“The way he can impact the game is by being able to run and play on the ball and open himself up, it’s tough for a defender because you can’t take a break,” Smart said. “The moment you think he’s not doing anything, and the play is over for him, that’s when you are defeated.”

It is possible that Boston will resort to physical contact with Carey and risk being on the wrong side of the whistle. With Carrie on such a lap, perhaps the only realistic scenario is hope and prayer that he’s missing out.

The Celtics’ best defense is the best attack

Ime Udoka seems to be suggesting, and he’s made a good point, that it doesn’t really matter what Carrie does… if the Celtics hit their kicks.

“We didn’t play our best attack overall, I think the narrative goes to Curry and what he does,” said the Celtics coach. “But in our wins and our losses, (he) scored the same points. Anytime you do some bad attacks and flip the ball, we know how quickly they get back into the game.”

Dirty decisions and poor shots were doomed to fail the Celtics in Game Two, then came back to hit them again in the fourth quarter of Game Four. Odoka believes the Celtics, who have better ball security and shot selection in pressure situations, can advance 3-1 in the second half. series.

“At least,” he said.

Odoka added: “They score about 107 points. He scored 100 in one match. And when we scored good goals, we scored 120 and 116. So our balance should be better in attack.”

The Celtics rely heavily on their top three players to create their own shots. That’s because Smart, while clearly a solid player, is not a purebred goalkeeper who can beat his man of dribbling and setting up his teammates. And when the ball is not in the hands of the traditional ball player, errors can occur. So, even though he’s struggling, Tatum still has to produce points himself rather than be a scorer and get easier passes.

Speaking of that…

Andrew Wiggins quietly makes trouble for Jason Tatum

Not only will the Celtics’ scoring leader struggle efficiently and face a hostile arena on Monday, he will also stare at Wiggins once again. This isn’t the perfect time, place, and situation for Tatum to get himself out of the funk, but here we are.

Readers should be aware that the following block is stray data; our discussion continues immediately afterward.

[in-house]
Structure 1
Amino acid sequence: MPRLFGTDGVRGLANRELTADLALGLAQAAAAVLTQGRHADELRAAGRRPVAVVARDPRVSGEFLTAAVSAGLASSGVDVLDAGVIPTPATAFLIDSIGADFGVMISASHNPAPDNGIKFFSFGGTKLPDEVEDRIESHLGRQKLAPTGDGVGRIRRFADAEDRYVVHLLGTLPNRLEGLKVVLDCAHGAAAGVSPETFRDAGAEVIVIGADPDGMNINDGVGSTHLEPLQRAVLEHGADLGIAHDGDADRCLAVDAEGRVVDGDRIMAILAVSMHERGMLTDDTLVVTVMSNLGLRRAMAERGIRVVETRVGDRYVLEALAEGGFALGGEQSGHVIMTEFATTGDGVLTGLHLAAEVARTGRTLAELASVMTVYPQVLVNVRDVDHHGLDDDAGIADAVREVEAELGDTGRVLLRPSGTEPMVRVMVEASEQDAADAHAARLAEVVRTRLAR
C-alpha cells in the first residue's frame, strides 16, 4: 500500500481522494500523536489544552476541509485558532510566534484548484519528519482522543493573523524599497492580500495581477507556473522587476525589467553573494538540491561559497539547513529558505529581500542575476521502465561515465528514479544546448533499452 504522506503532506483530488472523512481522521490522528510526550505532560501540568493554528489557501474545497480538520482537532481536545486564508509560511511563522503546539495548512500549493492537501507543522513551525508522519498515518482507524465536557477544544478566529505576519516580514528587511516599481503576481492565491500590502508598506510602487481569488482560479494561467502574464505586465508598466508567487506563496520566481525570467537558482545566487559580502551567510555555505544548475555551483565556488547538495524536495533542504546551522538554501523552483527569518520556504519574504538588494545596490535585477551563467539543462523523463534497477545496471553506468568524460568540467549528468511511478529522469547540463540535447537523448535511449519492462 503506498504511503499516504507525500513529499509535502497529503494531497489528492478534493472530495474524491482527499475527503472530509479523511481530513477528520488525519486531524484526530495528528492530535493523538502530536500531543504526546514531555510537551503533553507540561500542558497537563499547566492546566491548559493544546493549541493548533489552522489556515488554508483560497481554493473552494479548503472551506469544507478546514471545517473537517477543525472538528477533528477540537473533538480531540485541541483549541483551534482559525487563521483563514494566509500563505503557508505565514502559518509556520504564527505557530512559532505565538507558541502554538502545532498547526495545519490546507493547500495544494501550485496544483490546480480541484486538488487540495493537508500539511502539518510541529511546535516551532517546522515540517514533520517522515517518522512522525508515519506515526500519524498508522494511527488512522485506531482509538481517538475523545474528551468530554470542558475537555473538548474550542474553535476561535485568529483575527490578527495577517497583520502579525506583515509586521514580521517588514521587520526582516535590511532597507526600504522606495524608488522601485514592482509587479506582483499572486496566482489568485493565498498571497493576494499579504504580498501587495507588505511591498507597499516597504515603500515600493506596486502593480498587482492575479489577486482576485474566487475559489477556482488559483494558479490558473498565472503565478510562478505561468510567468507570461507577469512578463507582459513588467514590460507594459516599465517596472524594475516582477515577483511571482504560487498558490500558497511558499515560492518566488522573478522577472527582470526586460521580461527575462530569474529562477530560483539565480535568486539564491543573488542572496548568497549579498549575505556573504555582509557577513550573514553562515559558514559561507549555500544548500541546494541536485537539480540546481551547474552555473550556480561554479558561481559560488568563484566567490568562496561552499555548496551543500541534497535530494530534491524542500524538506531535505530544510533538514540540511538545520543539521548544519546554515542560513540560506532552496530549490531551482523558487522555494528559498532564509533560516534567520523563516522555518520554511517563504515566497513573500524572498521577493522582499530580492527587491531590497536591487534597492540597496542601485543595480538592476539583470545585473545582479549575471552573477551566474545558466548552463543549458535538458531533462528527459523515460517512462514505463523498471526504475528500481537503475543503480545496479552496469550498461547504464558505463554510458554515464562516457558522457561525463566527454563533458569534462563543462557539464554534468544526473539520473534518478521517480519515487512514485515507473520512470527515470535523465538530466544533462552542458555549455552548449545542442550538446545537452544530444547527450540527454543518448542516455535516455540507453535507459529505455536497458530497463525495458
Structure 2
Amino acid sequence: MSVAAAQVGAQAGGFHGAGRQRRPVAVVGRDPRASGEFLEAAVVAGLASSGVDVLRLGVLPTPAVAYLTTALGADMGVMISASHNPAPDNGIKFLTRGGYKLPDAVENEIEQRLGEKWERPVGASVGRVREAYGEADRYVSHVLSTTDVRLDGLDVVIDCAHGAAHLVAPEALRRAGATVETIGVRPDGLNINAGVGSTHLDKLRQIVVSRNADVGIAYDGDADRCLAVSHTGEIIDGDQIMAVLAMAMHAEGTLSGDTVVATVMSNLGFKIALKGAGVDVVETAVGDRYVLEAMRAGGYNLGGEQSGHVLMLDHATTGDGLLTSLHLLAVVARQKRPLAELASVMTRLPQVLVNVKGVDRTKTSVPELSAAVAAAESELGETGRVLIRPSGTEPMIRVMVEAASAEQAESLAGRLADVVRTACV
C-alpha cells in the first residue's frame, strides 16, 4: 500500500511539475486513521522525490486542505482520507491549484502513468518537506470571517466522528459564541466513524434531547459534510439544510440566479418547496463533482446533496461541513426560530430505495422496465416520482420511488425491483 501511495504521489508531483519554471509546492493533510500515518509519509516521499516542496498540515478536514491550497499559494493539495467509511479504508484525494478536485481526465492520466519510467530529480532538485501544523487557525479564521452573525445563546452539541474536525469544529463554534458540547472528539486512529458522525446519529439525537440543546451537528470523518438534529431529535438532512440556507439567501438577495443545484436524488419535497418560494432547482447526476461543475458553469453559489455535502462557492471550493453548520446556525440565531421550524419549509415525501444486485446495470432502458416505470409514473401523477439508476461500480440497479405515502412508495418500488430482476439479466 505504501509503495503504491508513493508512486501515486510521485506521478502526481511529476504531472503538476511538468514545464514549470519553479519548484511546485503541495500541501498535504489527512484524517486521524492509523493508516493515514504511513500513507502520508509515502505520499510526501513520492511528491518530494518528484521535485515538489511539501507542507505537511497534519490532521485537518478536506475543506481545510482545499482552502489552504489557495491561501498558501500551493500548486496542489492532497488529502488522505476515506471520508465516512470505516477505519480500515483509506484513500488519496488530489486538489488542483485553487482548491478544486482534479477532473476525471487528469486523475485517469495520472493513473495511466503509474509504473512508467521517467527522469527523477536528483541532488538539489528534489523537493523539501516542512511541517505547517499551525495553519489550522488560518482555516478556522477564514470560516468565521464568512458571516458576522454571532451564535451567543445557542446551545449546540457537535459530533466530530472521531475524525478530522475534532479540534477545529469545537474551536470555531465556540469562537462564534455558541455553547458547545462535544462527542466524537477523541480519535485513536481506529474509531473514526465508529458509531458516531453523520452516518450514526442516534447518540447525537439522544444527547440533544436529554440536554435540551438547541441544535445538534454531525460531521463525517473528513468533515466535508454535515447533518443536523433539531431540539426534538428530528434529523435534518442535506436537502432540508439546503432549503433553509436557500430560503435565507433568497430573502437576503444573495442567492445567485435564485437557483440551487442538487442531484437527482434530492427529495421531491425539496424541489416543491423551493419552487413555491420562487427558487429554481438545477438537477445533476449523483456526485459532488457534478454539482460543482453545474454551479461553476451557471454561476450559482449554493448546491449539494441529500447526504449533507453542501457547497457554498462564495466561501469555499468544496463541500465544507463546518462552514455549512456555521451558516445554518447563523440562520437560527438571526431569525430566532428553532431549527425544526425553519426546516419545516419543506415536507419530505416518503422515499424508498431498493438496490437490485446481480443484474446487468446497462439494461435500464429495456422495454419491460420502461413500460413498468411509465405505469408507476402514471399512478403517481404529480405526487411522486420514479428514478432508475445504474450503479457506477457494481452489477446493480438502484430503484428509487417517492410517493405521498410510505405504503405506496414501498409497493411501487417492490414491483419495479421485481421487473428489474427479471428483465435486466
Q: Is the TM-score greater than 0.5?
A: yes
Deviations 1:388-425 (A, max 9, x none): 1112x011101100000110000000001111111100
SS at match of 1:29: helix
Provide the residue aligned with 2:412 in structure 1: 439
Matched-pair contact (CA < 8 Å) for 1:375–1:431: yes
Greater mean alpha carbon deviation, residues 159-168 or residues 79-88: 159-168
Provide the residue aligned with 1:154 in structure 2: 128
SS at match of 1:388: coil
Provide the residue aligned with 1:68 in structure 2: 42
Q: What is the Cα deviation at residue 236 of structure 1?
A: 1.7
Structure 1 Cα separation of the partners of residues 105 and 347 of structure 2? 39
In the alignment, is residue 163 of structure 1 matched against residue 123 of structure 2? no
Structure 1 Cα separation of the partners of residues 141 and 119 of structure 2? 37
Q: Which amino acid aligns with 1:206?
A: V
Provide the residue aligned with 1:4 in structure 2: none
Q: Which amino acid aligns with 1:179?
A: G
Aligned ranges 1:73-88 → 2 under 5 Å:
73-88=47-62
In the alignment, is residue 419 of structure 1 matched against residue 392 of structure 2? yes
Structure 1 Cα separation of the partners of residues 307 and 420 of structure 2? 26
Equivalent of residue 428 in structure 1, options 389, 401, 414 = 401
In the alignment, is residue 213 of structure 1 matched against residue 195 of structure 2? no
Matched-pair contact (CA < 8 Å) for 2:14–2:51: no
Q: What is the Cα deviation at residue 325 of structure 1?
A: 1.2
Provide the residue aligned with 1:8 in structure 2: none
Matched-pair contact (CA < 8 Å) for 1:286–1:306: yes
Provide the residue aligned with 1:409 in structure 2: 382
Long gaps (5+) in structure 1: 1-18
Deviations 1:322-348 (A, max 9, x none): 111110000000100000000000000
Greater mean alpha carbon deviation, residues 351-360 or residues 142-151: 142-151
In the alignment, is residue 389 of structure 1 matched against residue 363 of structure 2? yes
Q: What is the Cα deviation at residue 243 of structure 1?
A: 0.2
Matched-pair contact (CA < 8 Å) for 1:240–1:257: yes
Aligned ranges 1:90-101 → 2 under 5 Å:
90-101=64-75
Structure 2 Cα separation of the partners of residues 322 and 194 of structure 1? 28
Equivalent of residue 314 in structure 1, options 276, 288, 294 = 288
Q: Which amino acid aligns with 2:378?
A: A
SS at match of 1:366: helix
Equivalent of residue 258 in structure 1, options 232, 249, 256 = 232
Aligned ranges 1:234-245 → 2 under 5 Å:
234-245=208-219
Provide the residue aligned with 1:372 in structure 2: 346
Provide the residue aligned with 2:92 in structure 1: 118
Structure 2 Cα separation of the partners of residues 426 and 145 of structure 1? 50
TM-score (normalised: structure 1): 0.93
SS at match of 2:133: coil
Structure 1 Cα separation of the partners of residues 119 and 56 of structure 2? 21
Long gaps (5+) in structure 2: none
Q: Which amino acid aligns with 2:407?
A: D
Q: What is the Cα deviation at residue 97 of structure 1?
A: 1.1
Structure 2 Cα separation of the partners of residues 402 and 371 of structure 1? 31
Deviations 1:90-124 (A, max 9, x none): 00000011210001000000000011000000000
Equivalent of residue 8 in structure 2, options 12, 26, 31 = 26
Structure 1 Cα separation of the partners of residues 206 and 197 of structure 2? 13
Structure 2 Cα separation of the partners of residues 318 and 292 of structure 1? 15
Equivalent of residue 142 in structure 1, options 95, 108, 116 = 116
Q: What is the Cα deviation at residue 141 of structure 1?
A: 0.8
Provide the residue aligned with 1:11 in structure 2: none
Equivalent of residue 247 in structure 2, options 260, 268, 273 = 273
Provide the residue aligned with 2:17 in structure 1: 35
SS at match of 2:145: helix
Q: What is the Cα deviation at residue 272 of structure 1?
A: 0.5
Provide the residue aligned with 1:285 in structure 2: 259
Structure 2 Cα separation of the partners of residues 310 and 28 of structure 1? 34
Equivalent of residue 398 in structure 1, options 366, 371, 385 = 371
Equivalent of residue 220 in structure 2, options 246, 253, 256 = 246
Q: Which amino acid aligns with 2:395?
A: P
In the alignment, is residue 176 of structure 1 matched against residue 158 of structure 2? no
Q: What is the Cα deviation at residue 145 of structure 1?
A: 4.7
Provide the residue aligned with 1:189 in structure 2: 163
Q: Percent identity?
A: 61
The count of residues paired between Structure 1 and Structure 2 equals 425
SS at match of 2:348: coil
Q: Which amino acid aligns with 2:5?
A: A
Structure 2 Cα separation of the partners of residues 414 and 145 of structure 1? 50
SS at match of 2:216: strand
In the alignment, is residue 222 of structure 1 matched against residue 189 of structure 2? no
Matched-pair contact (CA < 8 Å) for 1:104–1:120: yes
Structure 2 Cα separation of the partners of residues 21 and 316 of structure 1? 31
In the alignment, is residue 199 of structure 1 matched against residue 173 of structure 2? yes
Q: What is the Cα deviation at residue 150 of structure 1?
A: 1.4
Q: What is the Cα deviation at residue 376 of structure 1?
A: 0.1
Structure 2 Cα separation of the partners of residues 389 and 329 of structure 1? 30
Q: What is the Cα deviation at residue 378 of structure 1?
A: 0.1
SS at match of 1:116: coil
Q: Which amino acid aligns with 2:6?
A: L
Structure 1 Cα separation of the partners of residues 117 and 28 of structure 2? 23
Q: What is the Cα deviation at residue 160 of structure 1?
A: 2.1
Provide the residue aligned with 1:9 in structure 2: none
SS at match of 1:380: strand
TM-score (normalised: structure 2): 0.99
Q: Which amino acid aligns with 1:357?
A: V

A few clarifications are fine: Wiggins doesn’t defend Tatum straight for the entire game. This is a collaborative effort because that’s how Warriors do their business. But much like the previous playoff series against Dallas and Luka Doncic, Wiggins is his first line of defense (he also turns on Jaylen Brown on occasion), and he’s built a reputation for himself in the Finals.

The Celtics need Jason Tatum to start their turnaround in the fourth quarter.

“He jumped in these playoffs in terms of his impact on the game both defensively and on glass,” said Warriors coach Steve Kerr. “He’s a two-way player. You have to have two-way players to get this far. He’s grown really fast and it’s exciting to watch that growth.”

Yes, Wiggins beats all the rebounders in the finals at 8.5, but his defense is most important given the stakes and how Tatum entered the series feeling fun. It’s hard to imagine the Celtics surviving if Tatum kept shooting at 34%; He still has to take 10 shots in any match.

Boston will explore using keys more suitable for Tatum, especially if those keys involve getting Curry instead of Wiggins on Tatum, where the size advantage would be in their favour. As a bonus, maybe Tatum could get Carrie into nasty trouble.

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Sean Powell has covered the NBA for over 25 years. You can email him Here, find his archive here and follow him Twitter.

The opinions expressed on this page do not necessarily reflect those of the National Basketball Association, its clubs, or Turner Broadcasting.